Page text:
The chief task from 1872 for local government was the making of sewers in villages beyond a handful of homes such as this. Sewerage had been discussed in the vestry as long ago as 1864. The increase of population in the 20th century, growing preference for flush toilets and prohibitions on ground water contamination made the need for proper sanitation more urgent. In 1912, for instance, there were said to have been eleven cases of typhoid near the 'White Hart', and there was an outbreak of diphtheria in 1916. During the 1920s the RDC made plans for constructing sewers, and the relative cost of their scheme and of schemes proposed by Hayes Urban District Council largely influenced the parish council's views on local government reorganisation. In the end the council seem to have acquiesced peacefully in the amalgamation with Hayes that took place in 1930, only on the grounds that this seemed to provide the best and cheapest chance of sewers being constructed soon. A sewerage scheme for the parish was completed by Hayes and Harlington Urban District Council in 1934.[2]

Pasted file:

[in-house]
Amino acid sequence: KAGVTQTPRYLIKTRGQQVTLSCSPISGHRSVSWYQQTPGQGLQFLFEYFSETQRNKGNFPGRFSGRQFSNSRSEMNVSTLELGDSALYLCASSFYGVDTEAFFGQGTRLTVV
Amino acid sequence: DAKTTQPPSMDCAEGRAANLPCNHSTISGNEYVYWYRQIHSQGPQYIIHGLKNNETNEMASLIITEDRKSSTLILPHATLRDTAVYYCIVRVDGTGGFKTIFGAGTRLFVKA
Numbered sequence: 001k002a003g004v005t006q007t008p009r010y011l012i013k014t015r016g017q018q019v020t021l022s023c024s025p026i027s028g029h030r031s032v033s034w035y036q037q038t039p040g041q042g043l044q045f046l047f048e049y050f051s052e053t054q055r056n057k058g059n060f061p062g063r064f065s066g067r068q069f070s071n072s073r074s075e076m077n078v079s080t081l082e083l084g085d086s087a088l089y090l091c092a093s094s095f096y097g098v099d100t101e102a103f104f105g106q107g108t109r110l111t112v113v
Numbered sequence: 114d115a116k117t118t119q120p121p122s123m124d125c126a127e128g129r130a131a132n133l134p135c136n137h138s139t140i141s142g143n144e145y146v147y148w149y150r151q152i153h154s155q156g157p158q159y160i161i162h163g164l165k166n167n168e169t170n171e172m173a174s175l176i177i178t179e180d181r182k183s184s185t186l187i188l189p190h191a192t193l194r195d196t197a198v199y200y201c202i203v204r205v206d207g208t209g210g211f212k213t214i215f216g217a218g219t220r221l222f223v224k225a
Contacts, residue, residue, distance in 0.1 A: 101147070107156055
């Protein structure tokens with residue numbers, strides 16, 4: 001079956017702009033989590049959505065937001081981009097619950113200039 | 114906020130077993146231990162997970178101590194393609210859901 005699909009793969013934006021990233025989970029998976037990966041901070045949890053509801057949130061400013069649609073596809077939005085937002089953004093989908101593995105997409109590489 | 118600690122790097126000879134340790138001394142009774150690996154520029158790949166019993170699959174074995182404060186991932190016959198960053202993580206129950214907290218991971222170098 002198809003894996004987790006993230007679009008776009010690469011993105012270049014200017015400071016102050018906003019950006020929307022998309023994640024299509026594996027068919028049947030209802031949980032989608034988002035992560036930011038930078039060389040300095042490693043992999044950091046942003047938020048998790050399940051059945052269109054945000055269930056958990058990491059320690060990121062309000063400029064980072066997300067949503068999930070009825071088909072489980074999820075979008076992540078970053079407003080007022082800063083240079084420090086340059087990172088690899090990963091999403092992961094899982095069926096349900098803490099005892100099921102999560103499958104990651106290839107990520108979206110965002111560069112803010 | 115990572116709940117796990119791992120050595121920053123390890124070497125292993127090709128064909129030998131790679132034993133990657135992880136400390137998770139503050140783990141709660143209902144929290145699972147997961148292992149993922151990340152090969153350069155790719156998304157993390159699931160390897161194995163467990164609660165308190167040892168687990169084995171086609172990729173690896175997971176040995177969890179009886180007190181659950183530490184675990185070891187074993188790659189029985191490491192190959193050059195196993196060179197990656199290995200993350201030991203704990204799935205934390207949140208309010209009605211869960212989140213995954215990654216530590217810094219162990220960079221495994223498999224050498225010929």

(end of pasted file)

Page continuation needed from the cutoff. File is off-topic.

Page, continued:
Present day[edit]

The extent of Harlington.
Dawley Court, Goulds Green, Middlesex in 1893, when it belonged to W. Fane De Salis. (Just to the west of Corwell Lane).

Harlington Library[4] is towards the north of the village/district. The village contains six public houses: Captain Morgans', The Great Western, The Pheasant, The Red Lion, The Wheatsheaf, and The White Hart. There are two churches, a Baptist church and a Church of England church, St Peter & St Paul's. Schools include Harlington School.